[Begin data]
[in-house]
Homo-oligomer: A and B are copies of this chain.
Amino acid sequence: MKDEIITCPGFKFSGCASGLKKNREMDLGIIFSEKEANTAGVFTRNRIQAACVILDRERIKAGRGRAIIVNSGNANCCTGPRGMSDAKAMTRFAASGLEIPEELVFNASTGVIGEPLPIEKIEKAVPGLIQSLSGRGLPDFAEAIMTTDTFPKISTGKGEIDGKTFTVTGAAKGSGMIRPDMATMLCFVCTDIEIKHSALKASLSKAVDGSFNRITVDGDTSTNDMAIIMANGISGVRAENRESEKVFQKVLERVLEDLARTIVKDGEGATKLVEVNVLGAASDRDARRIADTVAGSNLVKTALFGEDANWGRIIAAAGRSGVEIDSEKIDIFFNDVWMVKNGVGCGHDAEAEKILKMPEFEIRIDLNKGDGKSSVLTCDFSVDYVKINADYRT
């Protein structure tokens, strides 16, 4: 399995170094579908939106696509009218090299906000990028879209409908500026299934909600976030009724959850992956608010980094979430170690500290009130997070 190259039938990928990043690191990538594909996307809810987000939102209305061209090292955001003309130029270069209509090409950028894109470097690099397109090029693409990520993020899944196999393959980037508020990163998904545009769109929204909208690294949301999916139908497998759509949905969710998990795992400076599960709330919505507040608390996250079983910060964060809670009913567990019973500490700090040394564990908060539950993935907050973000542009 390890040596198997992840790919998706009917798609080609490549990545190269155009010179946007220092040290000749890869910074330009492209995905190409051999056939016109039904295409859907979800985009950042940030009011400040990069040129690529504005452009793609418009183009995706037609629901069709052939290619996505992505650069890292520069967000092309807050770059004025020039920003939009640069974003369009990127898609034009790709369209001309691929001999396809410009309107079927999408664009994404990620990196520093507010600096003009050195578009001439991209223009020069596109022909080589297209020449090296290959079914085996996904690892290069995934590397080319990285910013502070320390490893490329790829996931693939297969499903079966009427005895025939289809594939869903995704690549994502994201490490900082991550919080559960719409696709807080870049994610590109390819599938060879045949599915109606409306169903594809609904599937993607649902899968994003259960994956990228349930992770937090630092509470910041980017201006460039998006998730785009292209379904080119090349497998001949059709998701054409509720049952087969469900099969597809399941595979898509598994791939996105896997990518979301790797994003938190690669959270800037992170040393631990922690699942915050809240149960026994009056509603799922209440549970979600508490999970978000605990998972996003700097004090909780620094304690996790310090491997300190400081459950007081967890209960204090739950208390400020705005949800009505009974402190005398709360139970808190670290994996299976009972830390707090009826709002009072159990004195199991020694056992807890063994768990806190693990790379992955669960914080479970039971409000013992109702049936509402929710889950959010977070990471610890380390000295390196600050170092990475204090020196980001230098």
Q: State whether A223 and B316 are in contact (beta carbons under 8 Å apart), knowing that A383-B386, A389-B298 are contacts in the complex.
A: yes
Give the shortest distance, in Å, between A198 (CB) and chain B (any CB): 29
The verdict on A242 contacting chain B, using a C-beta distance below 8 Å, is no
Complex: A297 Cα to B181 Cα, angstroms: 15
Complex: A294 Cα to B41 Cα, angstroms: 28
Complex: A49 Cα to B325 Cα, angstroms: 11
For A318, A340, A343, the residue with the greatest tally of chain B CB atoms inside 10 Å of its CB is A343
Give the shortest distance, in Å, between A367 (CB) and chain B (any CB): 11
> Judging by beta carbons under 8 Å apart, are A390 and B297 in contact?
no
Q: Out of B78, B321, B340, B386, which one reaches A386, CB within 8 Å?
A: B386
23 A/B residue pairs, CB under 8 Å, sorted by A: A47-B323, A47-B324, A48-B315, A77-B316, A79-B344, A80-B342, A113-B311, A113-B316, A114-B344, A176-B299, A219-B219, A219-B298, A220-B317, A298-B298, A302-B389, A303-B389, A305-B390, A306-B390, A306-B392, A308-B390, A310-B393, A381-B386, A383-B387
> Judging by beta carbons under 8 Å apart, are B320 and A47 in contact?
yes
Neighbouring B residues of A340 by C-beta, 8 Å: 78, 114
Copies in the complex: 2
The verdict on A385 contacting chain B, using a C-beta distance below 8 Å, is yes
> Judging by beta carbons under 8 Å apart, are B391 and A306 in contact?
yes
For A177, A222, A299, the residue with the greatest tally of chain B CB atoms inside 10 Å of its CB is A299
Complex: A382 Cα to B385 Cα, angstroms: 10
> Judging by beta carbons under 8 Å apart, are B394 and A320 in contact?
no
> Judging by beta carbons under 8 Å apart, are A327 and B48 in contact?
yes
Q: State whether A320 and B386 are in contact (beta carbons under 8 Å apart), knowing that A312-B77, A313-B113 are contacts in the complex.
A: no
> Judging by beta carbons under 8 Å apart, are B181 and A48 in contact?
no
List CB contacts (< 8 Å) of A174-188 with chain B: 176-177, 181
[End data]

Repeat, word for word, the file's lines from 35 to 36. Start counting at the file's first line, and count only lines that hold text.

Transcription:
no
List CB contacts (< 8 Å) of A174-188 with chain B: 176-177, 181